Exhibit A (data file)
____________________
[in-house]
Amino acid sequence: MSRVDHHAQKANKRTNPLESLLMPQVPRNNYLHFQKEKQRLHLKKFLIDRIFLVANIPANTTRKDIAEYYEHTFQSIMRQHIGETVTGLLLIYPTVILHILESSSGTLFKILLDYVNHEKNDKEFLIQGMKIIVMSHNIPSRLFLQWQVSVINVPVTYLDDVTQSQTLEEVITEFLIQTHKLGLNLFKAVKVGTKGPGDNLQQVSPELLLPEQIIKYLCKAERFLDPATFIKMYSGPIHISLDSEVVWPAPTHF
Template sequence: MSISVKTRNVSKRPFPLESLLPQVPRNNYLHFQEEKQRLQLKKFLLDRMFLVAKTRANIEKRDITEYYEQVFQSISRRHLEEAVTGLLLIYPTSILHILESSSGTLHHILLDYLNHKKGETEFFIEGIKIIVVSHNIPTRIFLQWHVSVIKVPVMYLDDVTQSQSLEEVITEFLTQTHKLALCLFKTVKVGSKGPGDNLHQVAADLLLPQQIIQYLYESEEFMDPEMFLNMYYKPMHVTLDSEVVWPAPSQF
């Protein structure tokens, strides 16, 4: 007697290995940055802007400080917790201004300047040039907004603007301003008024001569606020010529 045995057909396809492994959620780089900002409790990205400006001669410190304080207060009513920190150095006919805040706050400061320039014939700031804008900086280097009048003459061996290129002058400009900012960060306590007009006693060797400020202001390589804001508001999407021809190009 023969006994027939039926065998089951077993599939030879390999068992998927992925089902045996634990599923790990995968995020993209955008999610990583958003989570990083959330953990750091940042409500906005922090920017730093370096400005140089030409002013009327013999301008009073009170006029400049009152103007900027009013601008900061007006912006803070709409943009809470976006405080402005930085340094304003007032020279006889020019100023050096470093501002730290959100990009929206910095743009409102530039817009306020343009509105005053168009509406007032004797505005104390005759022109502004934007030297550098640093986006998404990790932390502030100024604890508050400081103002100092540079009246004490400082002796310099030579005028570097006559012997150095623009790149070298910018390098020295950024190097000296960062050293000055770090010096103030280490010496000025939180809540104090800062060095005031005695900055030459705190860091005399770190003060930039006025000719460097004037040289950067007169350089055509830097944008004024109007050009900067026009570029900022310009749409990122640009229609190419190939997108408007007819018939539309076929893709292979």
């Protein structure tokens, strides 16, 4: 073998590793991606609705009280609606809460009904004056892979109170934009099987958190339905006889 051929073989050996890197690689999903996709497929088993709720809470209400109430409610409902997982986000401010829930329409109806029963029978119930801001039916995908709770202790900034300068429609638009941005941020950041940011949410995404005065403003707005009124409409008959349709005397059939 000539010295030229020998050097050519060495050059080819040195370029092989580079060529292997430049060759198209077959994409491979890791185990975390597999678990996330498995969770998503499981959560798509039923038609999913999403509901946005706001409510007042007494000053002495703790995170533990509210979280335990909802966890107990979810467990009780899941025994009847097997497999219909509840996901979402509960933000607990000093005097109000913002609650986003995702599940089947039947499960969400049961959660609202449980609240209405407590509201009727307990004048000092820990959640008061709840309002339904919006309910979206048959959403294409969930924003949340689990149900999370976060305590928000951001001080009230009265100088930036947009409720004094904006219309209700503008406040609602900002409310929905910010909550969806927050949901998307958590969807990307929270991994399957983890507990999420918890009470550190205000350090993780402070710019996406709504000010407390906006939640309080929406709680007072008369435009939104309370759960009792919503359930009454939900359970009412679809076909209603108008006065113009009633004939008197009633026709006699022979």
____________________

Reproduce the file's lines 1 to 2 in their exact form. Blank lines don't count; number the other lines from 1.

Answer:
[in-house]
Amino acid sequence: MSRVDHHAQKANKRTNPLESLLMPQVPRNNYLHFQKEKQRLHLKKFLIDRIFLVANIPANTTRKDIAEYYEHTFQSIMRQHIGETVTGLLLIYPTVILHILESSSGTLFKILLDYVNHEKNDKEFLIQGMKIIVMSHNIPSRLFLQWQVSVINVPVTYLDDVTQSQTLEEVITEFLIQTHKLGLNLFKAVKVGTKGPGDNLQQVSPELLLPEQIIKYLCKAERFLDPATFIKMYSGPIHISLDSEVVWPAPTHF